Wine Oxygenation

Oxygen is a necessary nutrient for proper yeast growth. Yeast requires oxygen for the synthesis of sterols. Sterols are membrane lipids which help maintain cellular fluidity and permeability enabling cells to grow and bud. Every time a cell buds the cellular sterol content is diluted. Once the level becomes too low (in approximately 3-4 doublings) the cells lose the ability to bud. Sterol content generally is the limiting factor of yeast growth. Synthesis of sterols occurs only when oxygen is present. Thus, it is critical to supply the yeast with appropriate levels of oxygen.

Yeast require 8 to 16 ppm of oxygen. Oxygen is typically dissolved into the must during crushing/destemming and then during pump-over/punching down for red wines fermented on skins. The most that atmospheric oxygen can provide to must is about 8 ppm. For this reason, it may be necessary to rack the wine or pump-over shortly after inoculation.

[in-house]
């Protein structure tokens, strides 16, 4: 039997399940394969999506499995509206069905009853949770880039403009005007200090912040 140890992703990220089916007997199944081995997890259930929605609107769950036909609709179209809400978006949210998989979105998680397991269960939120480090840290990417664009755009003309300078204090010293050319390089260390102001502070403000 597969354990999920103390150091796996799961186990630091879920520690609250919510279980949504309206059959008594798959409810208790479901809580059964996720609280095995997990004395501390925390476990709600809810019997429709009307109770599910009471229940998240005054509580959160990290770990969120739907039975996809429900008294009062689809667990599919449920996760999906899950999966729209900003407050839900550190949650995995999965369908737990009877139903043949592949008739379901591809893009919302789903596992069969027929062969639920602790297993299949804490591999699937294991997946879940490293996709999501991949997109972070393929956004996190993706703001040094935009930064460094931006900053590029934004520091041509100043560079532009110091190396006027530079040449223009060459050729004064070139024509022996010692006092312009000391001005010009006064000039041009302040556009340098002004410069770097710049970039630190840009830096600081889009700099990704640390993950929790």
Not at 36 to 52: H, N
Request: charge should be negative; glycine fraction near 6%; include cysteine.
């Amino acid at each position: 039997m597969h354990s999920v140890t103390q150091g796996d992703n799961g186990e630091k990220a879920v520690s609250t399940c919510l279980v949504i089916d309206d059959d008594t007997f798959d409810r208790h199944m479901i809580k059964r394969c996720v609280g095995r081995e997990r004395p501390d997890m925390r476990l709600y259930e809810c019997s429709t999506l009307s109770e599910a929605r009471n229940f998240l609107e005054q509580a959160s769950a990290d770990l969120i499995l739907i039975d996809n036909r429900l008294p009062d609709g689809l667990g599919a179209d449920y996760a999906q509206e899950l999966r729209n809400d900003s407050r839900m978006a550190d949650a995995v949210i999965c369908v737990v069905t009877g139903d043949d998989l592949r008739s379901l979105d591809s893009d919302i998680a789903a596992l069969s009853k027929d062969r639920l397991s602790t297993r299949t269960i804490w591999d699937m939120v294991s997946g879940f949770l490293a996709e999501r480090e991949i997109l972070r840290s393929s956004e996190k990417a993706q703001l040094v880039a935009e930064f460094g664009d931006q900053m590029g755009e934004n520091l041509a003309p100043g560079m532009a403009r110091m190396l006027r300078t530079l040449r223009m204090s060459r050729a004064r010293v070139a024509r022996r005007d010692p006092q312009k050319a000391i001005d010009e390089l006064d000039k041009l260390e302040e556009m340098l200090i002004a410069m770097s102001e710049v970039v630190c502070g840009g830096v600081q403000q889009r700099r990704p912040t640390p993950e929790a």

Pure oxygen can also be used to provide adequate oxygen in the must. Oxygen can be injected using a scintered stone. It is important to note that too much oxygen can be added using pure oxygen. Up to 40 ppm can be achieved with pure oxygen, but it is best to keep the dissolved oxygen levels below 20 ppm.

High sugar levels and high must temperatures both make it more difficult to dissolve oxygen into must. For high sugar musts or musts that have high temperatures, additional oxygenation/aeration may be necessary.